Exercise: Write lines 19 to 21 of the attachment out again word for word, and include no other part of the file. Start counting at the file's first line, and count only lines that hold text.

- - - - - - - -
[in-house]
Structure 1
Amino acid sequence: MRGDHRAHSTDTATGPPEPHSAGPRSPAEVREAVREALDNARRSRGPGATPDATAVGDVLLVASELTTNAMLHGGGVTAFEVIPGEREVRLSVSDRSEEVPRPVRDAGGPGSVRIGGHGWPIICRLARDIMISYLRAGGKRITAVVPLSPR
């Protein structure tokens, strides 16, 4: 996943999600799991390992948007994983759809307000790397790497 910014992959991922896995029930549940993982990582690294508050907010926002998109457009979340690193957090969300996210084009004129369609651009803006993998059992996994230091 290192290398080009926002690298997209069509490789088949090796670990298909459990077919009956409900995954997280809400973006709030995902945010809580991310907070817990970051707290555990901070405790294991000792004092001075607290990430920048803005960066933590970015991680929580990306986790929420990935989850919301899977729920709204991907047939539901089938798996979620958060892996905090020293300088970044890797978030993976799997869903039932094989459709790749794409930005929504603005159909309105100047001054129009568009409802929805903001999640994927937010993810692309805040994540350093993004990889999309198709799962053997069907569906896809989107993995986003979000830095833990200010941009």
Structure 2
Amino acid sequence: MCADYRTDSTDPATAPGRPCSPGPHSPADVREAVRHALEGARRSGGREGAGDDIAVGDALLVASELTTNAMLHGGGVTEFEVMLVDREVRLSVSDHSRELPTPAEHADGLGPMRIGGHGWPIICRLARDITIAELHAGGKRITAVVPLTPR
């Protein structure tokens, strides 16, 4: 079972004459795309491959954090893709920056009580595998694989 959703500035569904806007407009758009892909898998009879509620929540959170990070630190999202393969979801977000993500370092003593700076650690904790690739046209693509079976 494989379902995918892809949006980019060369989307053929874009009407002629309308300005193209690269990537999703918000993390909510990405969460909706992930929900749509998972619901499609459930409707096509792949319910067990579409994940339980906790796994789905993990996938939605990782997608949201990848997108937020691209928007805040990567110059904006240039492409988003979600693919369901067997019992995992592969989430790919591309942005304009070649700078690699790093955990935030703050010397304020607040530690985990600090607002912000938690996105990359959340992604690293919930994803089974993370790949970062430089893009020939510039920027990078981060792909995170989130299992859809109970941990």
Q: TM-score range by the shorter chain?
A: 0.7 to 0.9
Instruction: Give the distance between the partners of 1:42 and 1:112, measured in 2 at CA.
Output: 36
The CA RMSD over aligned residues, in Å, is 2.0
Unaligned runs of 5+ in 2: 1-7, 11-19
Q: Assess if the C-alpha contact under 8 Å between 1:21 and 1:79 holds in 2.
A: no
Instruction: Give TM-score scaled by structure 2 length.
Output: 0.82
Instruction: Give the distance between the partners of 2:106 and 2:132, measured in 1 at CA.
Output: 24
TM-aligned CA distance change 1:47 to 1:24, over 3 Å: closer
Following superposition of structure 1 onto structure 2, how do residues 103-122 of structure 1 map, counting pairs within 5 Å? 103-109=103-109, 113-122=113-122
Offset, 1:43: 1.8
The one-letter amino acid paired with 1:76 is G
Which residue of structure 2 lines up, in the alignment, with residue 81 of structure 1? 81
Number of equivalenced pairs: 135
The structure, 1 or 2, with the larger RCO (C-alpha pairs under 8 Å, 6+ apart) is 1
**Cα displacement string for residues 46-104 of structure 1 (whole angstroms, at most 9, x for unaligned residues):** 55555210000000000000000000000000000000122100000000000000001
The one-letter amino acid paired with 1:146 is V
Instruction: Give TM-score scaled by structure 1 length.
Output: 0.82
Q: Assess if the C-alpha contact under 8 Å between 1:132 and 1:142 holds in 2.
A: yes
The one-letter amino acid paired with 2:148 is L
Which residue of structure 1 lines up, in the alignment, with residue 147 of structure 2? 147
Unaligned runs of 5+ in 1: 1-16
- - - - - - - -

Output: 24
TM-aligned CA distance change 1:47 to 1:24, over 3 Å: closer
Following superposition of structure 1 onto structure 2, how do residues 103-122 of structure 1 map, counting pairs within 5 Å? 103-109=103-109, 113-122=113-122